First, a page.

Paul Andersen: Oh, those damned environmentalists
No one becomes an environmentalist to get rich. But that’s what one oil and gas magnate told me when he charged that “enviros” don’t want to make reasonable compromises because of job security.
“If they resolve their issues, they’re unemployed,” he said. “So they take hard lines that keep them working against business.”
It’s hard to refute such a cynical view in a culture mired in self-interest, to imagine anyone acting on values other than those measured by money. What separates environmentalists from that mindset is the passionate motivation that comes from biophilia.
Biophilia means love of life, a deep alignment with the living world, an innate connection with the biosphere as an inspiring cause.
Greta Thunberg is a stand-out on the environmental front because she is in it for the cause. Like all successful social justice activists, Greta treats climate change the way evangelicals treat sin — preaching redemption through atonement and moral suasion.
Right here at home, Rick Heede of Snowmass has worked years to identify the world’s biggest carbon polluters. He has faced ridicule and intimidation, but he perseveres in pursuit of social justice so as to make polluters accountable.
No true environmentalist would connive for job security over meaningful results. Environmentalism is not a vocation; it’s a calling. You have to believe. Holding industry to higher standards requires persistence, not payouts.
Decades ago, while living in Crested Butte, I reported on an environmental battle between the town and AMAX, a multinational corporation intent on mining 300 million tons of molybdenum ore from nearby Red Lady Bowl.
Job security had nothing to do with defending small-town autonomy. It was all about staving off the very real and damaging socio-economic impacts of an extractive industry. Crested Butte vowed that it would not become the next sacrifice zone to the pathology of unbridled growth.
When faced with the company’s claim of an exemplary track record in developing “a new generation of mines,” Mitchell, the mayor, said, “AMAX wants to do the best possible job on something that should never be done in the first place.” He knew there was no reasonable compromise on a mega-mine.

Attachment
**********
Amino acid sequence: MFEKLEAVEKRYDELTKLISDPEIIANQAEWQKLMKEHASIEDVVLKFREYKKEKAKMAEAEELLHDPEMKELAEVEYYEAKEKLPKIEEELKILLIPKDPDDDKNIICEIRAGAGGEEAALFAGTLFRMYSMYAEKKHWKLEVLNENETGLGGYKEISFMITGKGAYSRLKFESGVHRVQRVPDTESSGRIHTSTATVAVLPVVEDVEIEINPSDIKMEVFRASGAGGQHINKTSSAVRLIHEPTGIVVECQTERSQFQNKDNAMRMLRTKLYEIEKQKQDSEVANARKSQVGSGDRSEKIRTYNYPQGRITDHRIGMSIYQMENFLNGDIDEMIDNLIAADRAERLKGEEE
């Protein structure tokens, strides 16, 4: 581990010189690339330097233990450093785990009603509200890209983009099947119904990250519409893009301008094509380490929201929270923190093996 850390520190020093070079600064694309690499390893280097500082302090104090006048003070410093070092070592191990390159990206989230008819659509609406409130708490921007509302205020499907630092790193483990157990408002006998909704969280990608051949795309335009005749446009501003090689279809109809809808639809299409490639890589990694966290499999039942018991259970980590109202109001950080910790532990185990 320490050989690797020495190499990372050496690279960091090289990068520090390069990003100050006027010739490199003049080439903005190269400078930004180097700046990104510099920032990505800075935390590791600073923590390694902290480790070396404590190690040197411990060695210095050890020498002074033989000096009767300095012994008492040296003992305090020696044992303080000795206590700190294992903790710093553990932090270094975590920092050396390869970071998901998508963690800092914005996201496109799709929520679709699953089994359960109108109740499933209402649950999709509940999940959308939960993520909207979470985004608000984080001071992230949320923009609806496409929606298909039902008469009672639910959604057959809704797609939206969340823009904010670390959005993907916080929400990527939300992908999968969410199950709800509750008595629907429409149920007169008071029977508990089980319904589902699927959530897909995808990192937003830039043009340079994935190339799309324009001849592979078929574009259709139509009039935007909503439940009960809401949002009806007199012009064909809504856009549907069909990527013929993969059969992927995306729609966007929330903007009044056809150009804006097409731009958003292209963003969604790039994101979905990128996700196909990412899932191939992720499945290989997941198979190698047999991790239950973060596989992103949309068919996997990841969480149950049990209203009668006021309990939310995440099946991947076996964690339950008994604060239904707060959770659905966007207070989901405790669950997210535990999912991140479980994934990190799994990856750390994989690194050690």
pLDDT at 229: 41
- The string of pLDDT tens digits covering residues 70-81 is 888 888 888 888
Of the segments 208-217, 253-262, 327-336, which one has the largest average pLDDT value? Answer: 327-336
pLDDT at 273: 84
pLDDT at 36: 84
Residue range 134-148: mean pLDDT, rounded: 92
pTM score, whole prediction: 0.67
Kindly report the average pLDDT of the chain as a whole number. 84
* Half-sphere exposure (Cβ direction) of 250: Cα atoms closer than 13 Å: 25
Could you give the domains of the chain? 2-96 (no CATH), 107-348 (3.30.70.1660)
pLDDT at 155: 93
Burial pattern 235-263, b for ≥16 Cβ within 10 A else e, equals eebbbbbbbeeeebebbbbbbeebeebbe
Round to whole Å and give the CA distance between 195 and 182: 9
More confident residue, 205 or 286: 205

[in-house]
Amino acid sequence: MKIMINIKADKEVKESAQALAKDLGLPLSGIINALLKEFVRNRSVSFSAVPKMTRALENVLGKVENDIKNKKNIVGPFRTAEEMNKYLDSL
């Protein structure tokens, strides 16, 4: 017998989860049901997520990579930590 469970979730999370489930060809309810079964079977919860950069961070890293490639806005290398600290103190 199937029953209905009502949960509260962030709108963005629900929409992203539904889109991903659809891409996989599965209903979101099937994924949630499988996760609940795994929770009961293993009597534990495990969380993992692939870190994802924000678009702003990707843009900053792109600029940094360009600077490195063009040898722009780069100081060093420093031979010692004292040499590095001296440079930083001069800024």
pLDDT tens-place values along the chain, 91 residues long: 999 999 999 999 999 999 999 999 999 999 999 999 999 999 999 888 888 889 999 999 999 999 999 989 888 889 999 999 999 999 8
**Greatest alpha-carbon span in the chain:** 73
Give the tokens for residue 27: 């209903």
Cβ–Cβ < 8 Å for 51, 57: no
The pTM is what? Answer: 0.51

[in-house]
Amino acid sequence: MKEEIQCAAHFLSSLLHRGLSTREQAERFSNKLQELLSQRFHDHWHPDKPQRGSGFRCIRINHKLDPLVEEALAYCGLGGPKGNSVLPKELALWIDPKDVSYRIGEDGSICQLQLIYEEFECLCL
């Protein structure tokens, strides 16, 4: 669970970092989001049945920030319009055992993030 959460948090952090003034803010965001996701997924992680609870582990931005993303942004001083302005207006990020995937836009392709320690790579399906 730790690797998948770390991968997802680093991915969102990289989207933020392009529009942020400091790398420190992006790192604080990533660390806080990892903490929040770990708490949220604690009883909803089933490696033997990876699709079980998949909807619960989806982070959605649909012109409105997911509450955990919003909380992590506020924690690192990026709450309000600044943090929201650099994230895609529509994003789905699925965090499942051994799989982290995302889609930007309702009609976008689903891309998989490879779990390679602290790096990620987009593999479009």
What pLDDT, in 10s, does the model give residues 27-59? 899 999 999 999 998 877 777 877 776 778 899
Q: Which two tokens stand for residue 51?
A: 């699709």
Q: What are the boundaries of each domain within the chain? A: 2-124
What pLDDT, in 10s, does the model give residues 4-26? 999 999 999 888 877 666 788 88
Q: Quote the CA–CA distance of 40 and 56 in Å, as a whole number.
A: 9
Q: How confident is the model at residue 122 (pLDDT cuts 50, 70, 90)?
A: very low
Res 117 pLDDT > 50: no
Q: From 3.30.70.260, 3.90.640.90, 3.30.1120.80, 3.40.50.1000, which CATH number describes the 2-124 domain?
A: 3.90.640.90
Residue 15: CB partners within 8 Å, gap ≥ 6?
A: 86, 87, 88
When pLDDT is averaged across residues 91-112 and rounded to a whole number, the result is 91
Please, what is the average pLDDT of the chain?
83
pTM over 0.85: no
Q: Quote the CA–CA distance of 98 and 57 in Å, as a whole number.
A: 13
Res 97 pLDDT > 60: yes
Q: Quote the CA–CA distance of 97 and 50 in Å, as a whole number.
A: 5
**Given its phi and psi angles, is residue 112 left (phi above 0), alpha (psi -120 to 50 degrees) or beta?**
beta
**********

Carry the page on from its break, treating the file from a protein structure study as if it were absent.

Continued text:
Critics put down environmentalists as radical obstructionists by sticking a label on them. Labels depersonalize. They put people into a box where it’s easier to condemn, slander and vilify. This is the same political strategy that’s divided our country. Cynics dodge real issues by simply condemning “those damned environmentalists.”
Biophilia is just the opposite; it unifies. When love of life is the sum of one’s life, there is no separation between you and the environment. A true environmentalist doesn’t work 9 to 5, only to drop it all and commute home in an F-350. Being an environmentalist is a 24/7/365 commitment.
A life of integrity has to reflect one’s ideals and values. If your body, mind and spirit are fully involved, undying passion will result. Compensation is not monetary; it is paid through success in conservation, preservation and valuation of all life, especially for future generations.
Critics complain that “Greenies” only want to dismantle civilization and uproot society, that they are enemies of the human race bent on a quixotic mission for nature. “Enviros” are dismissed as idealistic, young Thoreau-backs to something primitive and frightening. That’s all fear-mongering.
True environmentalism is universal, and old age is no excuse for a lack of planetary consciousness. When you stop caring, you surrender your conscience. When you stop taking action, you’ve got one foot in the grave.
Leaving the environment to “environmentalists” is to defer a life obligation. Climate change challenges everyone to be environmentalists in every waking moment. That’s the only thing that can turn it around.
A recent report states that children will bear the brunt of climate change, making the cause humanitarian, spurred with a moral imperative. Climate is potentially the most unifying challenge in human history, where people of the world come together to pledge allegiance to each other in defense of the biosphere.
That’s why a climate support group has just formed in Aspen — to help cope with trauma over a deep sense of loss and sorrow engendered by biophilia. It takes a village.
Paul Andersen’s column appears on Mondays. He may be reached at email@example.com.
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